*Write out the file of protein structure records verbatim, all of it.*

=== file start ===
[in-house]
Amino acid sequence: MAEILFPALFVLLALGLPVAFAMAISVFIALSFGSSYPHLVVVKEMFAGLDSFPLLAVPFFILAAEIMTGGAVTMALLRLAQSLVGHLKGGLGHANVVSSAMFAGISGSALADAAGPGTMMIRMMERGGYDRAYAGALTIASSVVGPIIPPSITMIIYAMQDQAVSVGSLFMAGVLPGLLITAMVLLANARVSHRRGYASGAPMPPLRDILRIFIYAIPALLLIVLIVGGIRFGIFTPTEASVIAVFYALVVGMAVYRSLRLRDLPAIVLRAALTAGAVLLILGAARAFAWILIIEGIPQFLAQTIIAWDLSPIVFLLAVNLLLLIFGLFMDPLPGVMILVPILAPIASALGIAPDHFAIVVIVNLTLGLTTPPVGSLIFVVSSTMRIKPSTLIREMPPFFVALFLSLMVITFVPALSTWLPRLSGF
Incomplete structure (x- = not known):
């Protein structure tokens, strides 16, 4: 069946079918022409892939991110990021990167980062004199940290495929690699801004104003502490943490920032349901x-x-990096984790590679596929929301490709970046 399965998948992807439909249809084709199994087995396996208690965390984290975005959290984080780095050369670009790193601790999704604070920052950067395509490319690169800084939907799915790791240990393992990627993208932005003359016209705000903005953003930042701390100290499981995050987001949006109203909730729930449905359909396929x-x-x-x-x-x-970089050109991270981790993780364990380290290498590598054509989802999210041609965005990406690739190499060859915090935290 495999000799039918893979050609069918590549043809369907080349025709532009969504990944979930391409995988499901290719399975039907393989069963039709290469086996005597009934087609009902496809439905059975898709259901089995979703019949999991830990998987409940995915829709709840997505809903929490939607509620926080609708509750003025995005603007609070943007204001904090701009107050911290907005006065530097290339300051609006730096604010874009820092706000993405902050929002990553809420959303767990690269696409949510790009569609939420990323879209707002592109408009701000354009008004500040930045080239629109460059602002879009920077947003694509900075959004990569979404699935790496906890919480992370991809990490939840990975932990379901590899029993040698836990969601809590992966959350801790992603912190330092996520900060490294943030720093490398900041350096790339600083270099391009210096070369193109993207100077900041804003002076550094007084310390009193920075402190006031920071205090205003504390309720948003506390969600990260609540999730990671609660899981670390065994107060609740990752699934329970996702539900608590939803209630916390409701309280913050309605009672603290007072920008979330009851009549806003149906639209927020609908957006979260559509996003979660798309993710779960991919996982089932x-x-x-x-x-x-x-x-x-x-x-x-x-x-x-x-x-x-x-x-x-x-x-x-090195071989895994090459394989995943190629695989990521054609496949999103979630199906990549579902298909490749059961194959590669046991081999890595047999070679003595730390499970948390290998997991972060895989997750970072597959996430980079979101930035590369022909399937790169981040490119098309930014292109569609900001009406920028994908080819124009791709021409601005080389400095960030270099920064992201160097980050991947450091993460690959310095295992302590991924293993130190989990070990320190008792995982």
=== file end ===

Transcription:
[in-house]
Amino acid sequence: MAEILFPALFVLLALGLPVAFAMAISVFIALSFGSSYPHLVVVKEMFAGLDSFPLLAVPFFILAAEIMTGGAVTMALLRLAQSLVGHLKGGLGHANVVSSAMFAGISGSALADAAGPGTMMIRMMERGGYDRAYAGALTIASSVVGPIIPPSITMIIYAMQDQAVSVGSLFMAGVLPGLLITAMVLLANARVSHRRGYASGAPMPPLRDILRIFIYAIPALLLIVLIVGGIRFGIFTPTEASVIAVFYALVVGMAVYRSLRLRDLPAIVLRAALTAGAVLLILGAARAFAWILIIEGIPQFLAQTIIAWDLSPIVFLLAVNLLLLIFGLFMDPLPGVMILVPILAPIASALGIAPDHFAIVVIVNLTLGLTTPPVGSLIFVVSSTMRIKPSTLIREMPPFFVALFLSLMVITFVPALSTWLPRLSGF
Incomplete structure (x- = not known):
């Protein structure tokens, strides 16, 4: 069946079918022409892939991110990021990167980062004199940290495929690699801004104003502490943490920032349901x-x-990096984790590679596929929301490709970046 399965998948992807439909249809084709199994087995396996208690965390984290975005959290984080780095050369670009790193601790999704604070920052950067395509490319690169800084939907799915790791240990393992990627993208932005003359016209705000903005953003930042701390100290499981995050987001949006109203909730729930449905359909396929x-x-x-x-x-x-970089050109991270981790993780364990380290290498590598054509989802999210041609965005990406690739190499060859915090935290 495999000799039918893979050609069918590549043809369907080349025709532009969504990944979930391409995988499901290719399975039907393989069963039709290469086996005597009934087609009902496809439905059975898709259901089995979703019949999991830990998987409940995915829709709840997505809903929490939607509620926080609708509750003025995005603007609070943007204001904090701009107050911290907005006065530097290339300051609006730096604010874009820092706000993405902050929002990553809420959303767990690269696409949510790009569609939420990323879209707002592109408009701000354009008004500040930045080239629109460059602002879009920077947003694509900075959004990569979404699935790496906890919480992370991809990490939840990975932990379901590899029993040698836990969601809590992966959350801790992603912190330092996520900060490294943030720093490398900041350096790339600083270099391009210096070369193109993207100077900041804003002076550094007084310390009193920075402190006031920071205090205003504390309720948003506390969600990260609540999730990671609660899981670390065994107060609740990752699934329970996702539900608590939803209630916390409701309280913050309605009672603290007072920008979330009851009549806003149906639209927020609908957006979260559509996003979660798309993710779960991919996982089932x-x-x-x-x-x-x-x-x-x-x-x-x-x-x-x-x-x-x-x-x-x-x-x-090195071989895994090459394989995943190629695989990521054609496949999103979630199906990549579902298909490749059961194959590669046991081999890595047999070679003595730390499970948390290998997991972060895989997750970072597959996430980079979101930035590369022909399937790169981040490119098309930014292109569609900001009406920028994908080819124009791709021409601005080389400095960030270099920064992201160097980050991947450091993460690959310095295992302590991924293993130190989990070990320190008792995982």